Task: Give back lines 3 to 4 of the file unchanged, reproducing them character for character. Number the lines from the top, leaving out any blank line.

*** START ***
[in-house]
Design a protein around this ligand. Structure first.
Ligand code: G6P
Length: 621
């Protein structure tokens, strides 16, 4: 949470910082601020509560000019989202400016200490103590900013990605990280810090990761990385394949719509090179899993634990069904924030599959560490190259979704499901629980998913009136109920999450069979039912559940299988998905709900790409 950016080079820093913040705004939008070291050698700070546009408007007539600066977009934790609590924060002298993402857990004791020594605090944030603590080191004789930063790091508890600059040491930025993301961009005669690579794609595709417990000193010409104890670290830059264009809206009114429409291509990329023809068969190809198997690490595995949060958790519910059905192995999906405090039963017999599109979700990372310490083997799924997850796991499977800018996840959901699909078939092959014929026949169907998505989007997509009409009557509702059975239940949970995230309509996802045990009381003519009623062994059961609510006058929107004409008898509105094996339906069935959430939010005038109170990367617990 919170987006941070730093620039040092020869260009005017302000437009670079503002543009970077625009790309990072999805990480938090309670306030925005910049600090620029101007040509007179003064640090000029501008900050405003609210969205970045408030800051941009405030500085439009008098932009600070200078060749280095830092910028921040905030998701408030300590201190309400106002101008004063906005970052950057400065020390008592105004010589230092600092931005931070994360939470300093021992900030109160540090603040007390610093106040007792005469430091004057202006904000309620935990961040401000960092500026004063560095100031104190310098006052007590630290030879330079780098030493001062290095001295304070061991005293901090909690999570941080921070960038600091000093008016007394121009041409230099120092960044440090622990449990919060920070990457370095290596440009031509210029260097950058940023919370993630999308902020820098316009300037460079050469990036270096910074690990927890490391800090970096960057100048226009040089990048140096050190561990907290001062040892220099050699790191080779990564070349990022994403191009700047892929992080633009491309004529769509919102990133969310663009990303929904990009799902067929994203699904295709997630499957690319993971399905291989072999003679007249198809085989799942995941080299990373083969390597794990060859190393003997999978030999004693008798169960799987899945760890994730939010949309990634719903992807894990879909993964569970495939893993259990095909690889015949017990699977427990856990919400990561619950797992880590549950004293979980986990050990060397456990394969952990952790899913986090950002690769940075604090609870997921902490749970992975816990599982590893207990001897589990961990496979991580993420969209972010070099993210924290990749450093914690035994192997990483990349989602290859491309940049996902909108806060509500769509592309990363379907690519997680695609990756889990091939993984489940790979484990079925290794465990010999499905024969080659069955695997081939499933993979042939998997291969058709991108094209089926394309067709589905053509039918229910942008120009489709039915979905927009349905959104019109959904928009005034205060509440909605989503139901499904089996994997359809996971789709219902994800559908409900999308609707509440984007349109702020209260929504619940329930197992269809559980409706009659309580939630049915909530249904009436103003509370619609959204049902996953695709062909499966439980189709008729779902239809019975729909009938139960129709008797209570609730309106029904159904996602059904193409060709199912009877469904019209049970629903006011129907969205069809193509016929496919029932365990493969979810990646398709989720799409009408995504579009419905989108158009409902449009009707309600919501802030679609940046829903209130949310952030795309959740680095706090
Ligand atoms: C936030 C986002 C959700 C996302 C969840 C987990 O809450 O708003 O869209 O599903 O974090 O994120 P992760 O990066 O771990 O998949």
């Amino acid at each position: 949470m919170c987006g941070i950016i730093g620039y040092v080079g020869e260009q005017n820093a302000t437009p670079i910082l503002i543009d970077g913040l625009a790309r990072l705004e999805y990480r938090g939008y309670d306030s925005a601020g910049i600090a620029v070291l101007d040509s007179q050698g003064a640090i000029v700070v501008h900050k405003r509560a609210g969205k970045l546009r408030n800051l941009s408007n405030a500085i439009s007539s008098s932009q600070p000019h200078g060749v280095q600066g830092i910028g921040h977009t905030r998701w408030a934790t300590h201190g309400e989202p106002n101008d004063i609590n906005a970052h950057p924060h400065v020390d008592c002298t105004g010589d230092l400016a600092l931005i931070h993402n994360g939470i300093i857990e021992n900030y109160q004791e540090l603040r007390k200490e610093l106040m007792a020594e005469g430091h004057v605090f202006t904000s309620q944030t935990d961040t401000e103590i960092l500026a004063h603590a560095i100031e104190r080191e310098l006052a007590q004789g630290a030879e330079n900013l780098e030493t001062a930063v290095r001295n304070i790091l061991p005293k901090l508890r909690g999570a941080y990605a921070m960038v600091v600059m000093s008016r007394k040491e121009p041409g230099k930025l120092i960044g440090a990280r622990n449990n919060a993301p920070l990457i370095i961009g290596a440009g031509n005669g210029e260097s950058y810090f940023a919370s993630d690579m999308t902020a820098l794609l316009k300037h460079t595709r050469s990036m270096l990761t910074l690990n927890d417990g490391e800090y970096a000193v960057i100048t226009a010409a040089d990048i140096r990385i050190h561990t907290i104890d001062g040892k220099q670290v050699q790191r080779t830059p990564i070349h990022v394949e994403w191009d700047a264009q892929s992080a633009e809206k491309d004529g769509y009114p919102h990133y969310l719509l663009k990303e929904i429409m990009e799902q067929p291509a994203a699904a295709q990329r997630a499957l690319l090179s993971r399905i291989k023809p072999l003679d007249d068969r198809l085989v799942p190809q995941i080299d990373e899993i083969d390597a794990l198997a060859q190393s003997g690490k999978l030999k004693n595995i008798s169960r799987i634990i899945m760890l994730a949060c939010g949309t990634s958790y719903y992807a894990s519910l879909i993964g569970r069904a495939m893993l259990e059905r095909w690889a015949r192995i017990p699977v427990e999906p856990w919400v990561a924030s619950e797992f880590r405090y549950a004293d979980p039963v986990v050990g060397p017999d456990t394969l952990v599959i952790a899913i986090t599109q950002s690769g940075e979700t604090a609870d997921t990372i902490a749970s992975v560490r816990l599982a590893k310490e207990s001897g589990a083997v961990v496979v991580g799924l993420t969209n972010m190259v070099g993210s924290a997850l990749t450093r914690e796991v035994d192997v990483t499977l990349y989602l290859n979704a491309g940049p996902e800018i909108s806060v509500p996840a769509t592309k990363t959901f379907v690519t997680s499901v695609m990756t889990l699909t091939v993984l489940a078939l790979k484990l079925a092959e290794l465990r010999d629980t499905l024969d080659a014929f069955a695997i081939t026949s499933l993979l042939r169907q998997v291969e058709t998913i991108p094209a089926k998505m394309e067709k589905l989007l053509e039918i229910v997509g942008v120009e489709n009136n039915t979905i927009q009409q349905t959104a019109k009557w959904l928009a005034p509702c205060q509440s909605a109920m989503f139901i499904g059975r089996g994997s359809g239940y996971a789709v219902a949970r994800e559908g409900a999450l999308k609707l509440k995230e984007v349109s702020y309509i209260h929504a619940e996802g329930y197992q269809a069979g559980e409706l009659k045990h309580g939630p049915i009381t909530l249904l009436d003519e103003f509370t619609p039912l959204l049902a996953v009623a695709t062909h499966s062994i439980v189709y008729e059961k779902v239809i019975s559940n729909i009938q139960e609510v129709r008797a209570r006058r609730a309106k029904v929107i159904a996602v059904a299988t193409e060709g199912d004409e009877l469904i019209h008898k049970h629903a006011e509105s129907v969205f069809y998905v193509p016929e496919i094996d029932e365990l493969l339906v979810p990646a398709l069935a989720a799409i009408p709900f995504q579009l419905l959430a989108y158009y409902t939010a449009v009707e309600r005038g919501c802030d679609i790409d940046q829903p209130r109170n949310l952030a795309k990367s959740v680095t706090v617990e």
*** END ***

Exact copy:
Ligand code: G6P
Length: 621